while c = f.read(1)

Antoon Pardon apardon at forel.vub.ac.be
Thu Aug 25 08:59:47 CEST 2005


Op 2005-08-24, Magnus Lycka schreef <lycka at carmen.se>:
> Antoon Pardon wrote:
>> I think he did, because both expression are not equivallent
>> unless some implicite constraints make them so. Values where
>> both expressions differ are:
>> 
>>   start1=67, stop1=9, start2=10, stop2=29
>
> Ouch! That didn't occur to me. How sloppy to just assume that
> time periods can't end before they start.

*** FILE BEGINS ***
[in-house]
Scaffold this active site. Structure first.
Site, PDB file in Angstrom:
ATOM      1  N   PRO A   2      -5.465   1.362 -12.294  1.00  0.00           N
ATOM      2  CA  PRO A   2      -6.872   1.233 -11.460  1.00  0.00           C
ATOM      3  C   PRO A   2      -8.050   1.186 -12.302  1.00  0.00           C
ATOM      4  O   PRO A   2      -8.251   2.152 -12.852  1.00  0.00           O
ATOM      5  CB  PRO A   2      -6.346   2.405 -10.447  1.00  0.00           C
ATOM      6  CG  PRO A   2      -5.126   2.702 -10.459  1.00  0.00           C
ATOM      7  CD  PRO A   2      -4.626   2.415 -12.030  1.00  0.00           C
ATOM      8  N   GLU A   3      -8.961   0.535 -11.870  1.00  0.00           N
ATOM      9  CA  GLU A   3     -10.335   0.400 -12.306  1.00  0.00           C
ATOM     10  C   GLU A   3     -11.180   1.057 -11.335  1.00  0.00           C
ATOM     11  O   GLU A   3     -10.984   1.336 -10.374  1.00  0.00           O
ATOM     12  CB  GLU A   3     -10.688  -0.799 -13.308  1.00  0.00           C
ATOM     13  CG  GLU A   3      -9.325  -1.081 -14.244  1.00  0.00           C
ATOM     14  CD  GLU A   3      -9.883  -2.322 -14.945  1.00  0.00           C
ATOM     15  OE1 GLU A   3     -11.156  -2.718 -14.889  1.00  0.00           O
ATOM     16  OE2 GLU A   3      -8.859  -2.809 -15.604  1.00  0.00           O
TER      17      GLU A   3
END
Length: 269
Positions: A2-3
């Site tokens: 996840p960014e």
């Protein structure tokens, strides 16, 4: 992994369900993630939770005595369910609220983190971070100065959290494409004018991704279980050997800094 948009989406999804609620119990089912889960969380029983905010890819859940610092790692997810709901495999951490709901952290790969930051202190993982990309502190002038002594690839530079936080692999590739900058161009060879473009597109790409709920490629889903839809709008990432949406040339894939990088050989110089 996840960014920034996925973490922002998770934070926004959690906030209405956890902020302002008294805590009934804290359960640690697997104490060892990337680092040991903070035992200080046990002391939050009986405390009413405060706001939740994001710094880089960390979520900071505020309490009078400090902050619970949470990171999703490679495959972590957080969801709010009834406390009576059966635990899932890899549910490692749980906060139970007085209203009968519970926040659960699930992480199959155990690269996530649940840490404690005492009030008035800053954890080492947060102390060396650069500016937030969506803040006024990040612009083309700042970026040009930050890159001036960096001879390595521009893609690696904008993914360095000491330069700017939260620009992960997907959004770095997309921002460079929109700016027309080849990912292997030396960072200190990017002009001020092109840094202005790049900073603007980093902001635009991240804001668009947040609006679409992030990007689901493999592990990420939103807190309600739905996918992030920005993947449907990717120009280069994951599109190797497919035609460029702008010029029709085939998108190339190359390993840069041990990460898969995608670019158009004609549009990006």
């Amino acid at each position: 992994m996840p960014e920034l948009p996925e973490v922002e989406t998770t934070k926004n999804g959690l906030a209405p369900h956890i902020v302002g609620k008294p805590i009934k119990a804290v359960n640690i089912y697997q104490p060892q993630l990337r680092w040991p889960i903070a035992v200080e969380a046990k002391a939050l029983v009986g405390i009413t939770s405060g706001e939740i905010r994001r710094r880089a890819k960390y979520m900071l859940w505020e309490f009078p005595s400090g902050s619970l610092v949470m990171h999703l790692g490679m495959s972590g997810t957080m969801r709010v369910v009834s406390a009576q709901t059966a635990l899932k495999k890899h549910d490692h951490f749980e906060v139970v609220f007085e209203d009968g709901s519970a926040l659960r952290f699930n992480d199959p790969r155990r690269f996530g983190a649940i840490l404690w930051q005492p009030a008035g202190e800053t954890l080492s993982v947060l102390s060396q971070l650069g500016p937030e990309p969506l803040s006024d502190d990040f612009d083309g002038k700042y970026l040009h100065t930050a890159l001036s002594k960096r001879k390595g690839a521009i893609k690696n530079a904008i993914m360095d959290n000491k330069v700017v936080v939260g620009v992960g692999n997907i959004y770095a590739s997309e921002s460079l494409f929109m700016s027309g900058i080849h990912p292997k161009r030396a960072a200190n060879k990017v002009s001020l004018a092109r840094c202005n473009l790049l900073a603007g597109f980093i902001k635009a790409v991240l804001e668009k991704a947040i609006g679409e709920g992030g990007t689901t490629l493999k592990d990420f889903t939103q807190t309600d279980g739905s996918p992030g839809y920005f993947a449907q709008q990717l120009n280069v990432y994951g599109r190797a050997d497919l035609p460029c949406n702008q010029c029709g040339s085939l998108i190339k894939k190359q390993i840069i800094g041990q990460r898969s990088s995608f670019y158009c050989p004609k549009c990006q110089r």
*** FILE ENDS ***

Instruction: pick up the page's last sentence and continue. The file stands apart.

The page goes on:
I have no trouble that you assume a time period starts before
it ends.

But two pieces of code that only give the same result under
particular assumptions are not equivallent. For all I know
his code might work without this assumption and thus be
usefull in circumstances where yours is not.

Maybe someone uses a convention where time intervals that
stop before they start can have some meaning.

Equivallent code IMO always gives the same results, not
only under the particular constraints you are working with.

> I'll shut up now. You win,
> I'm obviously the idiot here, and Python's must be
> redesigned from ground up. Pyrdon maybe?

If I ever design a language it'll be called: 'Queny'

-- 
Antoon Pardon



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